In this talk we would like to introduce you to the problems and methods that we have worked with, in a domain at the intersection of engineering and other areas of knowledge, tentatively called Engineering Systems. We will provide a very brief introduction to Engineering Systems, and then present three pieces of research that we have carried out in this domain, one in forest fires, and two in healthcare.
Forest fire management to avoid unintended consequences: A case study of Portugal using system dynamics
Forest fires are a serious management challenge in many regions, complicating the appropriate allocation to suppression and prevention efforts. Using a System Dynamics (SD) model, we explore how interactions between physical and political systems in forest fire management impact the effectiveness of different allocations. A core issue is that apparently sound management can have unintended consequences. An instinctive management response to periods of worsening fire severity is to increase fire suppression capacity, an approach with immediate appeal as it directly treats the symptom of devastating fires and appeases the public. However, the SD analysis indicates that a policy emphasizing suppression can degrade the long-run effectiveness of forest fire management. By crowding out efforts to preventative fuel removal, it exacerbates fuel loads and leads to greater fires, which further balloon suppression budgets. The business management literature refers to this problem as the firefighting trap, wherein focus on fixing problems diverts attention from preventing them, and thus leads to inferior outcomes. We illustrate these phenomena through a case study of Portugal, showing that a balanced approach to suppression and prevention efforts can mitigate the self-reinforcing consequences of this trap, and better manage long-term fire damages. These insights can help policymakers and fire managers better appreciate the interconnected systems in which their authorities reside and the dynamics that may undermine seemingly rational management decisions.
A system dynamics based simulation of alternative supply chain strategies for hospital high volume, frequent and generalised use items
In a sector where traditionally changes are difficult to implement and sustain, and where multiple stakeholders are involved, the development of simple supply chain management process simulators can facilitate the observation and analysis of the effects of alternative decisions and the conciliation of the involved, often conflicting interests. In this work we focus on the internal hospital supply chain, with the development of several System Dynamics models, to simulate and analyse alternative supply chain operational processes. These processes involve: decentralised inventory control with no information sharing versus centralised inventory control and some information sharing; the possibility of emergency deliveries from the Distribution Centre (DC) in case of a stock-out at a ward; giving (or not) priority to the emergency room (ER) in the allocation of inventory when the inventory on hand at the DC is insufficient to meet all requests; and/or the existence of lateral transshipments from the other wards to the ER. Furthermore, the effects of some usual behavioural-based hospital management practices, namely the “just-in-case” approach to inventory control, are analysed.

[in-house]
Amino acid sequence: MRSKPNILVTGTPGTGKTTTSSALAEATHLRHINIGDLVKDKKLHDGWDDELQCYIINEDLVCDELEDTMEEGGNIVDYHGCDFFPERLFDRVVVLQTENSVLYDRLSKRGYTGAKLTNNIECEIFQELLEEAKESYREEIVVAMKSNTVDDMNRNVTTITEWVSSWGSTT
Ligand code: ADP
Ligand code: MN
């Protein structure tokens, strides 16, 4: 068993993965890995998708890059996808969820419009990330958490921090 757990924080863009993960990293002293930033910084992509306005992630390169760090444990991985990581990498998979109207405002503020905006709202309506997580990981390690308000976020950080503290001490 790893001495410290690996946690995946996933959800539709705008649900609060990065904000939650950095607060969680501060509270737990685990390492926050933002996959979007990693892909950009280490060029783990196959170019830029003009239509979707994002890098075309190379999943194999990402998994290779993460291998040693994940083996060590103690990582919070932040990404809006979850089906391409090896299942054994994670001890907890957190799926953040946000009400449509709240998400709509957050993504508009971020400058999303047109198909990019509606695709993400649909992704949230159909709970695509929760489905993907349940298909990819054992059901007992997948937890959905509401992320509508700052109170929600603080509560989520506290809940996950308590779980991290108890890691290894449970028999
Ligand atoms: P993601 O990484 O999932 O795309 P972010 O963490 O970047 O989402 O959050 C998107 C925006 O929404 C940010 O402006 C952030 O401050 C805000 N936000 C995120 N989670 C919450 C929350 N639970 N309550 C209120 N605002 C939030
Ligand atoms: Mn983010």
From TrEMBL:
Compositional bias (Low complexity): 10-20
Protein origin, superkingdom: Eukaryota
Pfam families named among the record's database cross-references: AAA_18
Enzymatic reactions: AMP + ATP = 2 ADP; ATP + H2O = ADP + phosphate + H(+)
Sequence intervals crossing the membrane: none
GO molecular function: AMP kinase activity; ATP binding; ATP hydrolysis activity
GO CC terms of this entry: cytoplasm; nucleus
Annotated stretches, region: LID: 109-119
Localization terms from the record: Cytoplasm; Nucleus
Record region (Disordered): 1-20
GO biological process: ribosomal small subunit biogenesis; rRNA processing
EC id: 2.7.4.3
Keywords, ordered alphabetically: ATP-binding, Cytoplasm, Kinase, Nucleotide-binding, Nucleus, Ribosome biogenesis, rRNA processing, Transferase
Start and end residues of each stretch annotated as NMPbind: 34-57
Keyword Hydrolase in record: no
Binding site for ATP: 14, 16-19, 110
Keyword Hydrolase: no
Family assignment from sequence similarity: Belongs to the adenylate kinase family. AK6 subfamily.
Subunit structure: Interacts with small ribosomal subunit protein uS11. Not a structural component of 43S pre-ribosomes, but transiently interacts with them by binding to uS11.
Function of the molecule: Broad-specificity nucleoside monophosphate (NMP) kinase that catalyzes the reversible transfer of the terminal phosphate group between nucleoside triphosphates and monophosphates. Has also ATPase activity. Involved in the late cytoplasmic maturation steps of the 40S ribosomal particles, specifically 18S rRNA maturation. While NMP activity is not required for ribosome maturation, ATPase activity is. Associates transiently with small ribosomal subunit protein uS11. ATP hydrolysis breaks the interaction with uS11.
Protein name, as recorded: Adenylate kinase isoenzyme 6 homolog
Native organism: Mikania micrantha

Sequences of alignment between technologies and adopters: case research of implementations of a new health screening program
This work is motivated by the importance of technology implementation projects for networks of preventive healthcare providers to fully benefit from the technologies that they adopt. The focus of the research is on implementation processes, conceptualized as sequences of alignment between the technology and the adopter. The main goal of our work is to improve the current understanding about technology implementation projects, specifically by answering the following research question: “How do technology and its adopters align during its implementation in networks of organizations?” We use inductive multiple case research about implementations of a new health screening program in several networks of healthcare providers in the North of Portugal, to improve the understanding of the reasons, consequences, and management of sequences of alignment, namely non-linear and cascading sequences, which have been shown to be important mechanisms in implementations of technologies in networks.